Talking about your wishes to improve the future
Posted on 21 April 2017
‘Advance Care Planning’ or ACP is an important talking tool that hospices, GPs and other professionals can use to help someone plan quality care towards the end of life – it’s also a tool that anyone can use to express their wishes. Pilgrims specialist nurse Maria Marley explains.
Serious illness and ageing bring challenges that it’s natural to avoid thinking about. At the same time, planning ahead and making your preferences known is a good way to make sure that anyone who provides care for you, whether that’s family or health professionals, tailors that care to your wishes.
I am a specialist nurse at Pilgrims Hospices. Earlier this month we launched a new pilot workshop in our Thanet hospice inviting people using our services to talk about their future care and wishes.
Called ‘Advance Care Planning’ the workshops give the information and opportunity to discuss experiences or concerns about expressing their preferences and wishes for their future care. Family and friends can be there too if the individual wants that.
I want to share just five of the benefits people have found by coming to these sessions because these can just as easily be achieved if you decide to use this talking tool yourself or with your GP.
Starting the Big Conversation with Advance Care Planning can mean:
We support people to take that all -important first step to talk about their needs.
1) Conversations that support individual care
The conversations help the healthcare team involved in the person’s care to know what is important to that person, such as their physical care, values and beliefs. This might also help them to answer the questions people have like ‘Who will care for my animals?’, ‘Who will support my loved ones?’, ‘Where is my preferred place to be cared for?’. It also gives people a chance to say what they don’t want to happen.
2) You can review your wishes over time
Advance Care Planning should be an on going conversation, so you can keep reviewing your wishes if these change. It’s not legally binding but it helps us know how the person wants to be cared for. It’s been found to be one of the most important ways we can ensure reliable focused care.
3) A starting point for talking with family
When someone is ill, there may be conversations that their family know they need to have but they are really worried about starting. The person themselves may also find it very hard to express what they are feeling or what they would like. What we do through ACP is to give people a starting place to talk about their needs and experiences.
4) Expressing wishes formally or informally
The conversation doesn’t have to be formal and isn’t legally binding, although if someone has a terminal diagnosis that may lead to a loss of capacity then having a formal, legal record – known as an ‘Advance Decision’ will help their healthcare team to continue to ensure they are enabling that person’s individual wishes and choices should that person lose capacity to express those wishes.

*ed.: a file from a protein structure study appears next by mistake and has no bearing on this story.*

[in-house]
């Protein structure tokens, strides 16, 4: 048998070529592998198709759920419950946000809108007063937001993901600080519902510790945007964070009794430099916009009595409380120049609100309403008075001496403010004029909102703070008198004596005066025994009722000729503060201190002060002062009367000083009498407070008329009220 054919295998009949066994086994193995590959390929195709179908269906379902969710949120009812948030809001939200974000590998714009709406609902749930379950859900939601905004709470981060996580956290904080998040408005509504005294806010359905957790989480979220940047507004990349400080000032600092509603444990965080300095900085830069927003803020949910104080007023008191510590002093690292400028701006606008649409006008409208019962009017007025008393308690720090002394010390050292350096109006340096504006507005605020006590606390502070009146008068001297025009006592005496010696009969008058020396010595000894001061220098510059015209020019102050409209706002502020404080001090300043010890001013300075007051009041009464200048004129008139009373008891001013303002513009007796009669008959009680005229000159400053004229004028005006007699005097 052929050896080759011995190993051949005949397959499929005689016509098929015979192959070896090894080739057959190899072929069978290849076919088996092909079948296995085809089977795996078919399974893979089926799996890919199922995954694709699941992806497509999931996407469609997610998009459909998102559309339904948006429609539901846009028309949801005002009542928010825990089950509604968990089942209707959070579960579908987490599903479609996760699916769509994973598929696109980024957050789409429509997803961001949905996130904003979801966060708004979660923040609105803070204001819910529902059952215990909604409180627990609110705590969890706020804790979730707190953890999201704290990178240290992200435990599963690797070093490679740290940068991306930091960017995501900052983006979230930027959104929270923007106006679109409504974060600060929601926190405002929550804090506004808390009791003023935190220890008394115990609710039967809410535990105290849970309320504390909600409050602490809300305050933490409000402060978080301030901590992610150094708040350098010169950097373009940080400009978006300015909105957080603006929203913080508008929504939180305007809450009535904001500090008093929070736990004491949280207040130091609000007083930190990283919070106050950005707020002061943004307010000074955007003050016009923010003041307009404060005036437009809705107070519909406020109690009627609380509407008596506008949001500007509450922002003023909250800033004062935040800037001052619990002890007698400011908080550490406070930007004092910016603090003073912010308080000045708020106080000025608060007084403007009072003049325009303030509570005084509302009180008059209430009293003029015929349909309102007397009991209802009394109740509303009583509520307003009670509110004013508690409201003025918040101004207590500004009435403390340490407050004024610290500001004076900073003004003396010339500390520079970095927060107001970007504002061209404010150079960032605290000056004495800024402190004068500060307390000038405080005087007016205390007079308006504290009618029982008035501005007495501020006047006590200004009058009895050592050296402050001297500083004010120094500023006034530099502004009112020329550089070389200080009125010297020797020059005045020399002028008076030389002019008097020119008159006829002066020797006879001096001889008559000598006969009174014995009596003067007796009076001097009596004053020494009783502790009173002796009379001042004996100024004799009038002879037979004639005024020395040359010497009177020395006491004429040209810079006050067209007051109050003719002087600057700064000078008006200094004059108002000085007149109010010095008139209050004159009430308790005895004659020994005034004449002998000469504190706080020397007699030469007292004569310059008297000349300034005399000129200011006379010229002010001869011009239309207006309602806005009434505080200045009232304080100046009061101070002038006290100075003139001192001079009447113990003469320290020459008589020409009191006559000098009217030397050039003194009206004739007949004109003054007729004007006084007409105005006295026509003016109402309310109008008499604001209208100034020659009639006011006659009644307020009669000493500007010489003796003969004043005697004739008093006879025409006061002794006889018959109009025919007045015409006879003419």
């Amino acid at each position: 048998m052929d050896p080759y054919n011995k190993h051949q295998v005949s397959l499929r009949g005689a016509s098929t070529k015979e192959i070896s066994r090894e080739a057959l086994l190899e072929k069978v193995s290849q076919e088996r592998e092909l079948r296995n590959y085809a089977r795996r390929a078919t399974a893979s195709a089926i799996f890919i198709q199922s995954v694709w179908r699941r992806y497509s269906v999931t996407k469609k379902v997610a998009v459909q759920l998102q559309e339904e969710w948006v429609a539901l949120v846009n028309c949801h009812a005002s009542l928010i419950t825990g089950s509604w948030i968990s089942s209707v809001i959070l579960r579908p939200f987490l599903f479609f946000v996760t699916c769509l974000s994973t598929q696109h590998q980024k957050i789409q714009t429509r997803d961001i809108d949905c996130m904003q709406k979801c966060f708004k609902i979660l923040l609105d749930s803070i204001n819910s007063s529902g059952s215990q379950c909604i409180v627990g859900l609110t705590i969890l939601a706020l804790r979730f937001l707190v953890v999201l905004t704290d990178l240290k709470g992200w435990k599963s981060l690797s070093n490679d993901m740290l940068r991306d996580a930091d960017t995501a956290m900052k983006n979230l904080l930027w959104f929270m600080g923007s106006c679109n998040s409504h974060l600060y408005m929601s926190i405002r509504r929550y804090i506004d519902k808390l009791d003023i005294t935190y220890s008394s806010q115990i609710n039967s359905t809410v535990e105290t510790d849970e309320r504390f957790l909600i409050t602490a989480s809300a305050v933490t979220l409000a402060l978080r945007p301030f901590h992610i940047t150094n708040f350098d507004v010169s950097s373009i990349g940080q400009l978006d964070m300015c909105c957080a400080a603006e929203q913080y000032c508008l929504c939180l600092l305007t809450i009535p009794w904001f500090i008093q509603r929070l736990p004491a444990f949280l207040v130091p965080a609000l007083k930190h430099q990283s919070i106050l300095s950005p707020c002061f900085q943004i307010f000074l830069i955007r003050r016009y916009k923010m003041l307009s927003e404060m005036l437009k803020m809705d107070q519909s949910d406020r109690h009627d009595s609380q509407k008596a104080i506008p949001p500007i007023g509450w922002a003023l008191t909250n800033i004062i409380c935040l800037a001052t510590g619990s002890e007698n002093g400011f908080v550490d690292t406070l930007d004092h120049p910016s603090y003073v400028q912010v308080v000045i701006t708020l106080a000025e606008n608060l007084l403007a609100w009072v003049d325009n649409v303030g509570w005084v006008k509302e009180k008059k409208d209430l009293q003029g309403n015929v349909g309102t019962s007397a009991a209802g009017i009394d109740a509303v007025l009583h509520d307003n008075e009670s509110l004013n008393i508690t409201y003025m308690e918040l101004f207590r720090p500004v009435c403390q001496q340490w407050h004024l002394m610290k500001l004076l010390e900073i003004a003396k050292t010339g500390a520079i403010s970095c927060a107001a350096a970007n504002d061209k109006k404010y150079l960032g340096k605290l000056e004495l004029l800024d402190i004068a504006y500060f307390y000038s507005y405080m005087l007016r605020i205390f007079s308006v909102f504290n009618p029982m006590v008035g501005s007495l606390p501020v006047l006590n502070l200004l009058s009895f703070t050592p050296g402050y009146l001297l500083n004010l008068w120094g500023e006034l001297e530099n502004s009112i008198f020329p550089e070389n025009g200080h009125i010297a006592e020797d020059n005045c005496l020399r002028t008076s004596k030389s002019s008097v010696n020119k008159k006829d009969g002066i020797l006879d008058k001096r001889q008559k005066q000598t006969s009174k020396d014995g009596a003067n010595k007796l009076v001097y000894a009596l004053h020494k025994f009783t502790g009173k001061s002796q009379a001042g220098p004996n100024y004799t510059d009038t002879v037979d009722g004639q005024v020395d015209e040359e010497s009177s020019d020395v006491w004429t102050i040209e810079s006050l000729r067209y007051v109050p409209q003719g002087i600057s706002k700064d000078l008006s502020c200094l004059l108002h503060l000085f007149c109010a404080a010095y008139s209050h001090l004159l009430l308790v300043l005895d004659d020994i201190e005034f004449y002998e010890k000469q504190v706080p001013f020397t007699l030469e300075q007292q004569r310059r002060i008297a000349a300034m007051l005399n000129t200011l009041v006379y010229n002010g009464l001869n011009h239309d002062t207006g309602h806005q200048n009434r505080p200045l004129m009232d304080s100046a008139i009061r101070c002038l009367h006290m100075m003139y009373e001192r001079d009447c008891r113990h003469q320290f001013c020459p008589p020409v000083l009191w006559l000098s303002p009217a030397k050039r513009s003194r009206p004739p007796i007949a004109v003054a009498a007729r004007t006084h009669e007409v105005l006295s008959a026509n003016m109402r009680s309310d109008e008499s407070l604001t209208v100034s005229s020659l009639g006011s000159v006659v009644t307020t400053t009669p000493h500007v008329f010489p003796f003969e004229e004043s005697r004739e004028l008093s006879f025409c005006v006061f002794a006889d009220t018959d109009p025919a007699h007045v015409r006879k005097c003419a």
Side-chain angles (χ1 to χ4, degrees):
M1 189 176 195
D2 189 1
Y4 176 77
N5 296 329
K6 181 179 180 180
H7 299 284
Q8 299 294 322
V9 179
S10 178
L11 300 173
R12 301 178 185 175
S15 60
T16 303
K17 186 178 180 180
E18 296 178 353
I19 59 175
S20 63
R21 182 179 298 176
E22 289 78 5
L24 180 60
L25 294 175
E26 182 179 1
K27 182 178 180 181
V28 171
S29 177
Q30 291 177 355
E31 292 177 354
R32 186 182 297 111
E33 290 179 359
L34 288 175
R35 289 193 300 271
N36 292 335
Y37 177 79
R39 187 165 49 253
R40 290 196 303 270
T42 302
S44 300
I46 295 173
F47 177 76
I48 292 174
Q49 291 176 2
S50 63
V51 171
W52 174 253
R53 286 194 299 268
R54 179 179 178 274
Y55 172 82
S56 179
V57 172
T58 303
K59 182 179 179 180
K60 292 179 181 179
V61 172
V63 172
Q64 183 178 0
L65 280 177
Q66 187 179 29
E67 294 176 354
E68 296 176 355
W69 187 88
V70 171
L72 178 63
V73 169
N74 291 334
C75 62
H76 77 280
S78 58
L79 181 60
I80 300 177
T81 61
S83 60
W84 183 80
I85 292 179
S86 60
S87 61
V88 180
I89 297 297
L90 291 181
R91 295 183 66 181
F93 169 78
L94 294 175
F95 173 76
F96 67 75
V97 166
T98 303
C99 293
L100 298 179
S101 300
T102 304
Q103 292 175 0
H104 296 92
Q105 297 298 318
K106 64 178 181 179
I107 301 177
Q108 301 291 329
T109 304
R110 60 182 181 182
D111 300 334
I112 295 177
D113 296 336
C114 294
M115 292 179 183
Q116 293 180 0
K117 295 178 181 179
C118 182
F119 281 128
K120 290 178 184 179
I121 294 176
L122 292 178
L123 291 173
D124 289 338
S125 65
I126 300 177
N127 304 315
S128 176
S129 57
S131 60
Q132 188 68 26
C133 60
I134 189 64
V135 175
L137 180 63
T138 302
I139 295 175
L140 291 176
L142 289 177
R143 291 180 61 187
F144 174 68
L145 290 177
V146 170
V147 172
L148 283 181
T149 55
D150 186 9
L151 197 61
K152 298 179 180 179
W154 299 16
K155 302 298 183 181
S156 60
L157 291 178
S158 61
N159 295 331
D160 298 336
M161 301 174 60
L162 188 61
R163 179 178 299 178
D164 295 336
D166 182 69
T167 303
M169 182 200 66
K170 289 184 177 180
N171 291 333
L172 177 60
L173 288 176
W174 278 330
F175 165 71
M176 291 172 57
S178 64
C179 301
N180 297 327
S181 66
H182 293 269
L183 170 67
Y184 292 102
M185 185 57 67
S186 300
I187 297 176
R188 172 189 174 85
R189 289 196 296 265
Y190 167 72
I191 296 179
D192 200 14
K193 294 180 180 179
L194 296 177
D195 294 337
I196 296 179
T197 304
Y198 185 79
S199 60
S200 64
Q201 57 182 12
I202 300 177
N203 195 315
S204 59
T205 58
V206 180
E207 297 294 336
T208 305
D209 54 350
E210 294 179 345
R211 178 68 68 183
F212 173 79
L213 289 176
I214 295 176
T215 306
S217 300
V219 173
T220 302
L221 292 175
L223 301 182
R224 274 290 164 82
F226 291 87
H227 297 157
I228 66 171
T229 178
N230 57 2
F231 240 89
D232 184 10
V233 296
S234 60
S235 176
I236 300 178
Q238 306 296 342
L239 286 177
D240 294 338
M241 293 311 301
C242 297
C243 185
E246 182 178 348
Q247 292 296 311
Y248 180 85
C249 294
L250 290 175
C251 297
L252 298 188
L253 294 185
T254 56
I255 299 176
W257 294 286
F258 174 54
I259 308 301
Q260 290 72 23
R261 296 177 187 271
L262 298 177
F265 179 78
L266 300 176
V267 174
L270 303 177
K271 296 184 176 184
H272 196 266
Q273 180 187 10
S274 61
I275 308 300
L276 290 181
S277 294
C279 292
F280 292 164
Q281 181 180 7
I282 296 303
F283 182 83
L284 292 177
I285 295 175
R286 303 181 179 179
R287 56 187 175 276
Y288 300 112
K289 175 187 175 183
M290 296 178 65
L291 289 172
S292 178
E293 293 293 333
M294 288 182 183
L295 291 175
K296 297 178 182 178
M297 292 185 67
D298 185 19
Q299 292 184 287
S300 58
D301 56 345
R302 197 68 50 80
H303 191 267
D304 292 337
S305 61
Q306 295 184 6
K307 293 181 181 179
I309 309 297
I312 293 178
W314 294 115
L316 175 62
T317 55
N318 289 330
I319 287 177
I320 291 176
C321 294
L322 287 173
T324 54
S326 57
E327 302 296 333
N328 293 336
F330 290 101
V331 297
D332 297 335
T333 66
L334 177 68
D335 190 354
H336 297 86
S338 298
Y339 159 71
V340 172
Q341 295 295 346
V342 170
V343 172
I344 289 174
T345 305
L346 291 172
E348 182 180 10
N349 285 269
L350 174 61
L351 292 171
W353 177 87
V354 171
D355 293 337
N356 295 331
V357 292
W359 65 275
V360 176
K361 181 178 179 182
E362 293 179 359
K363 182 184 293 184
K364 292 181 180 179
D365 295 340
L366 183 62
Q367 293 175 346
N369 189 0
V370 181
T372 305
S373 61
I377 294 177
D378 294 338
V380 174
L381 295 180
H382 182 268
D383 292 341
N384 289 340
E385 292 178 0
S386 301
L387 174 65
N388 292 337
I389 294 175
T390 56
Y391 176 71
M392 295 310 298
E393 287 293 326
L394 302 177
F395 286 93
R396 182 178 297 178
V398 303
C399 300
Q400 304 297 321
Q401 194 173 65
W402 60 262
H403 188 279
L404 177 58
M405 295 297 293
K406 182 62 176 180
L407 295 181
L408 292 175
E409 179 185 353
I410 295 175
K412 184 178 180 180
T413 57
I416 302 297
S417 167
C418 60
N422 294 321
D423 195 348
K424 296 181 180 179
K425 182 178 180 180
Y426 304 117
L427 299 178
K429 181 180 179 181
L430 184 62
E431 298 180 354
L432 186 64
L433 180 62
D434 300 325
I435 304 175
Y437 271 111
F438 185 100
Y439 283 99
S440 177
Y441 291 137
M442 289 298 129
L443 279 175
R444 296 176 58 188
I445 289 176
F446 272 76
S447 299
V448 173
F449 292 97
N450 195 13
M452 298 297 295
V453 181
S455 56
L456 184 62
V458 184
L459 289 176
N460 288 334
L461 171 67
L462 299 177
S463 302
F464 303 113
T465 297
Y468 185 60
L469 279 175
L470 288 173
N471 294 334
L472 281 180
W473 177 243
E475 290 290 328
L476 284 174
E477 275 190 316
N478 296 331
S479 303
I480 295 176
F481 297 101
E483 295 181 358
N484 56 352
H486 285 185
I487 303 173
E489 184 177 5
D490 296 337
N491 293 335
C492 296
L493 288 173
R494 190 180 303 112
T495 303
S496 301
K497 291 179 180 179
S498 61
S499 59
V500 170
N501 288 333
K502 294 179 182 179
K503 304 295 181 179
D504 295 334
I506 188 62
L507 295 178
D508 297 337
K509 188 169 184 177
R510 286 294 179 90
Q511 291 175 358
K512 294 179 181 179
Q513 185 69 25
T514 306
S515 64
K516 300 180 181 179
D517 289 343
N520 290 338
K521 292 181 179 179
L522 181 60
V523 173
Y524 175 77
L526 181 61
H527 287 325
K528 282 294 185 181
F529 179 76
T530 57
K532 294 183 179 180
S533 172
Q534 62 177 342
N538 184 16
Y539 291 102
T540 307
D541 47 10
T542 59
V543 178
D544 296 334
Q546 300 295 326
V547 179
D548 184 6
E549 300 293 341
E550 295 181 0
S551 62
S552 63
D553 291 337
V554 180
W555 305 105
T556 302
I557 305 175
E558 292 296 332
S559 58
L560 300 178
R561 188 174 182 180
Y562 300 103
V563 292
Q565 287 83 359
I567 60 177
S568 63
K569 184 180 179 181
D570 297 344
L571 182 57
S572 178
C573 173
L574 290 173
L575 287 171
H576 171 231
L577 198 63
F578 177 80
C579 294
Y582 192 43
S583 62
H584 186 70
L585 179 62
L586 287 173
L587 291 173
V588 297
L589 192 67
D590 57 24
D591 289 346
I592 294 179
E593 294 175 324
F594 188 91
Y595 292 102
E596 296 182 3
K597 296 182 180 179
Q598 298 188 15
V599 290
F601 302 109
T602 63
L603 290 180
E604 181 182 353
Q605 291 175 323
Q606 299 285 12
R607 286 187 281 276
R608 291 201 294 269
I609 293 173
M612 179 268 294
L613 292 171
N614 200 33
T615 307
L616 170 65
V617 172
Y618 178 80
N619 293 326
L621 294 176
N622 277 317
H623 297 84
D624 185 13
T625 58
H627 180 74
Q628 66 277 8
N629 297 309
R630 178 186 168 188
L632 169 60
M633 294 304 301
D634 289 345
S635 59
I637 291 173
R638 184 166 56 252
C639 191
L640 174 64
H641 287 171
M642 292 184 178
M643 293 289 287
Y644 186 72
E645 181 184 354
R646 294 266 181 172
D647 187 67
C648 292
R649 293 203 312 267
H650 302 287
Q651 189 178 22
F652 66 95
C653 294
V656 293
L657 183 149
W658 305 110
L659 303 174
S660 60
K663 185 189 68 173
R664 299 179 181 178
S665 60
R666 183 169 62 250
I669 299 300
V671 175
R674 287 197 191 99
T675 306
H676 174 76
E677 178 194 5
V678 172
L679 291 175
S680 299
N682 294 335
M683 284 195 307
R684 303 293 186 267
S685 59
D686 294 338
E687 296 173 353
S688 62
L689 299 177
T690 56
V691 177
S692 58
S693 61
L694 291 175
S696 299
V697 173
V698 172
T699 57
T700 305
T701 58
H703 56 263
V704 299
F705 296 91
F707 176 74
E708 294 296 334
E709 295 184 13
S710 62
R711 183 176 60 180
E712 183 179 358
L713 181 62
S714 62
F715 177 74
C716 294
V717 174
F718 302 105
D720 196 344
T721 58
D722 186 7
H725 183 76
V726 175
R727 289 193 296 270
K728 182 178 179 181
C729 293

You don’t need to be ill to express your wishes. I have started these conversations with my own family at home.
Once families talk about their wishes people can feel a huge sense of relief.
5) Inspiration for everyone to talk more openly
So far the workshops I am running have proved hugely popular and have been fully subscribed each time. I think this shows the importance of having these ‘Big Conversations’.
Once families talk about their wishes people can feel a huge sense of relief. Of course, you don’t need to have a terminal diagnosis to express your wishes. I have started having these conversations with my own family at home. I find it comforting knowing my wishes will be fulfilled. Whether people come to Pilgrims for support or prefer to talk to their GP, the key is to give people the tools and the confidence to be more open.
Join us for free Advance Care Planning events, 8-14 May 2017
Pilgrims is running a series of free Advance Care Planning sessions to give you ideas for how to express your wishes.
Who’s it for: All are welcome – including Pilgrims patients, carers, family and friends and members of the public.
• PHC: Monday, 8 May, 10am to 12noon
• PHT: Tuesday, 9 May, 1:30pm to 3:30pm
• PHA: Friday, 12 May, 2pm to 4pm
These are part of a series of free community events across east Kent between 8-14 May, national ‘Dying Matters’ week. The national theme is #What Can You Do? and looks at ways people can be more active in planning for dying and death and helping support those who may need it in times of grief and bereavement, be they friends, family or in your wider community. Click here to read about the other events or find us on Facebook or Twitter to join in the conversation and share your stories and pictures too using the hashtag #Whatcanyoudo
If you or a member of your family is coping with a terminal illness and you want to find out about the full range of Pilgrims services please click here to find out more.